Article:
The Schoolhouse Players production of “The Piety Variety Gospel Show” chronicles the hilarious fundraising efforts of Brother Shelby Green and friends after FCC regulations changed regarding free on-air time for religious programming in 1960. The popular musical comedy is in its second and final week at the Bartow Community Center. Pictured are Brother Shelby Greene (Roger Burge - left) and Sister Mary Ethel (Ann Smith - front center), quartet members (from left) Helen Highwater (Rosy Burge), Bradley (Brad Smith), Sharon (Nan Gunn) and Rob (Wendell Stephens), accompanied by Briscoe Darling Jr., III (John Mole), singing “Over the Hilltop.” Show times are 8 p.m. Friday, June 10 and Saturday, June 11 and 3 p.m. on Sunday, June 12. Call (478) 364-3340 for reservations. Tickets are $10 for each adult and $5 for children 12 and under. Prepaid groups of 12 or more are discounted $1 per ticket.


County works to reduce budget

By Carol McLeod
Staff Writer

In a monthly work session with the Jefferson County Board of Commissioners, Jefferson County Administrator Paul Bryan discussed a proposed budget for next fiscal year, which begins July 1.

The commissioners reviewed the budget, which Bryan said is $183,909 less than the current fiscal year, which ends June 30.


“As it stands right now, the dollar amount of a mill will probably stay the same or go down,” Bryan said to the board.

“The millage rate will go up because the value of a mill will go down because the digest is going down,” he said, adding, “There is no cutting of this budget; there is elimination.”

In an interview after the meeting, Bryan pointed out several obligations the county pays to the various cities and to other agencies that are not county operations.

For example, the county pays $12,500 to Wrens and to Wadley for recreation. These payments are not part of the SPLOST funds earmarked for those cities, he said.

Additionally, the county provides a total of $70,000 in assistance to the cities’ fire departments. The county pays $10,000 to Stapleton, $10,500 each to Avera and Bartow and $13,000 each to Louisville, Wadley and Wrens. These funds are paid to the city on behalf of the fire department.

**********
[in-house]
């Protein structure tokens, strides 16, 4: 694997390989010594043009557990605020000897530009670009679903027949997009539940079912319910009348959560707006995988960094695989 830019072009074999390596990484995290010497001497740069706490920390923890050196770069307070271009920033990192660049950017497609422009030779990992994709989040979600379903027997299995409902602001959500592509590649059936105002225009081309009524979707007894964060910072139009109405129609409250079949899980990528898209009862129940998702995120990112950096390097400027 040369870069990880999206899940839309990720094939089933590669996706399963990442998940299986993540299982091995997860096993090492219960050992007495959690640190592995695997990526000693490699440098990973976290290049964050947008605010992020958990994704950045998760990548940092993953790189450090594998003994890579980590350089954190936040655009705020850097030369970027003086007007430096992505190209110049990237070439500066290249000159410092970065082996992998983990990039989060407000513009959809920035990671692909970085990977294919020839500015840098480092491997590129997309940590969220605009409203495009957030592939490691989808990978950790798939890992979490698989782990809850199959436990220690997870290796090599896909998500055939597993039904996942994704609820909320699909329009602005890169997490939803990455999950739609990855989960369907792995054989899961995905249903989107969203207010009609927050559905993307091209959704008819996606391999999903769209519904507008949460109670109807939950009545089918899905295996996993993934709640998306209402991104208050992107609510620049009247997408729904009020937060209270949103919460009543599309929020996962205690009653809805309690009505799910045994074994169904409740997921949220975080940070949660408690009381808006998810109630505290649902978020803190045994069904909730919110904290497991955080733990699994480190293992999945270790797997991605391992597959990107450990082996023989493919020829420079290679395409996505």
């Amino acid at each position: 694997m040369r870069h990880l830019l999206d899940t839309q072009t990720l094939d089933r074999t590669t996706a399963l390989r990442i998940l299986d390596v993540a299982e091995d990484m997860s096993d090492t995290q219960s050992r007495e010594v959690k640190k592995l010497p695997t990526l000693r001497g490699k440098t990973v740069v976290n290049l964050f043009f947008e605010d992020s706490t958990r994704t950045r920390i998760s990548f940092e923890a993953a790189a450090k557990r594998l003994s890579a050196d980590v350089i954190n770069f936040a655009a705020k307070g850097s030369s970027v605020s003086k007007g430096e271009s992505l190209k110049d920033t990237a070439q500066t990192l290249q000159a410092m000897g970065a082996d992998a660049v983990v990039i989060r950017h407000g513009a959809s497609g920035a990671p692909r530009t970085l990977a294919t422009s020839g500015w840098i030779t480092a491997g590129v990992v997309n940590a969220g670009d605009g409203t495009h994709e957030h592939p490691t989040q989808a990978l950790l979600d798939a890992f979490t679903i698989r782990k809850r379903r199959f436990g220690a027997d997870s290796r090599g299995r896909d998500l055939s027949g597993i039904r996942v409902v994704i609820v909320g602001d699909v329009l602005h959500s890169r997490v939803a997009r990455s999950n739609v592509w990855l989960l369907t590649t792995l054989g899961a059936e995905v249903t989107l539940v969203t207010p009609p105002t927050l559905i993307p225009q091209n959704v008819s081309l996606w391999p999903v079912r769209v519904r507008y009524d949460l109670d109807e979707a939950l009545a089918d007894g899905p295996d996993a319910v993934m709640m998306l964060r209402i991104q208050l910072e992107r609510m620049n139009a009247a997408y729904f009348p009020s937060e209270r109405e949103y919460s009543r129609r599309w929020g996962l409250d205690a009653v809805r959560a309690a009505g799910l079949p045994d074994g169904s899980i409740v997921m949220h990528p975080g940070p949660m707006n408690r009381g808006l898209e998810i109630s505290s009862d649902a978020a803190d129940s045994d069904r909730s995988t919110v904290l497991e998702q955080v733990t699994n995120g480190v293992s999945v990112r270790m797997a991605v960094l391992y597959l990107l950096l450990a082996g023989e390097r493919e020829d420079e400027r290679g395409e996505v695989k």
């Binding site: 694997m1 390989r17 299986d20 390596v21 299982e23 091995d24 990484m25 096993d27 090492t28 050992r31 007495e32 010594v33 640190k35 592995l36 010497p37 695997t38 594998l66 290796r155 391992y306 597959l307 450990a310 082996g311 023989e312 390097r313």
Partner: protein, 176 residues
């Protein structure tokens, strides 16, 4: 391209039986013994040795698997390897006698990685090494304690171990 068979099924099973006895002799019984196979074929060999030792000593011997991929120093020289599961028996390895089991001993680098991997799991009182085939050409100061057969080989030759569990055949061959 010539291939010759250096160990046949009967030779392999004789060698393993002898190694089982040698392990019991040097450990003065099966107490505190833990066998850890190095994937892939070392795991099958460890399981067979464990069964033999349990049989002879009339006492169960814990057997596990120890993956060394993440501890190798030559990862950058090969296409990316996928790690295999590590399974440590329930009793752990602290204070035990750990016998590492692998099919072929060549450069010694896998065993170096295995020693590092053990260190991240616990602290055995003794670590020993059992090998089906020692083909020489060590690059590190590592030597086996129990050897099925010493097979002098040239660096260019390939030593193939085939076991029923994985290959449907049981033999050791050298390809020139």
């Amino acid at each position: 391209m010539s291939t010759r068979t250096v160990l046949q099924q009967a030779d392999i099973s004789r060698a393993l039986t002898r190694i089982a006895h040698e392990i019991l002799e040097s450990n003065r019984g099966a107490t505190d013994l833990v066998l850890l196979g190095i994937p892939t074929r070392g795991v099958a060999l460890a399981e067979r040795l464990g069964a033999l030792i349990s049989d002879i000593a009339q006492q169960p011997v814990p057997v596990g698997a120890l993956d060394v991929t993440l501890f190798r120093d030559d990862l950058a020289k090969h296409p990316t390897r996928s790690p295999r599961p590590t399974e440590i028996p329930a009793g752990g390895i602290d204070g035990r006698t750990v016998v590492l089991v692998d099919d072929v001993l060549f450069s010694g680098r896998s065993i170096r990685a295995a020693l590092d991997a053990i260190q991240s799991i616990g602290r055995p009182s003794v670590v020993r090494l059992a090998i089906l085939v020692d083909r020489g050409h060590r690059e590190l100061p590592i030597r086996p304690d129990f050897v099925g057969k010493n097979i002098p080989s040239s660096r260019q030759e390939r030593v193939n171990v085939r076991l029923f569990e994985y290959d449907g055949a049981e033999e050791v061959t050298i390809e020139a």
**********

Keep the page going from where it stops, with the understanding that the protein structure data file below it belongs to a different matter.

There are two county fire departments, Hillcrest FD and Matthews FD. They are not included in this list because all of their funding comes from the county.

The county also provides $150,000 to Jefferson Hospital to pay on a bond, $156,984 to the library, $51,593 to the county extension agent as a salary supplement and to help with travel expenses, $23,876 to the forestry service to provide fire fighting assistance in forest land, $5,052 for electricity for Family Connection, $152,791 to the county’s health department as a budget supplement, $2,679 to the county’s Department of Family and Children Services to assist the needs of the children and $100 for rural health outreach. The total of these payments is $613,075.

“This is how much is in the budget going to non-county operations,” Bryan said.

Bryan said the $183,909 reduction in the overall budget for the upcoming year compared with the current budget is because of several factors.

“Accounting went down,” he said. “Last year, we replaced computer software; so, that’s a decrease of $10,707 over last year. The sheriff’s department went down $83,000. This is because the new cars for the sheriff’s office will be purchased from SPLOST. Also, from time to time, we have positions that are not immediately filled. So we have started taking that into account and using actual expenditures.”

The administrator said this is the same reason the budget of the Correctional Institution will go down $13,474.

Bryan said there was a reduction of $11,590 in the state judicial budget because all portions of that budget are allocated based on the census.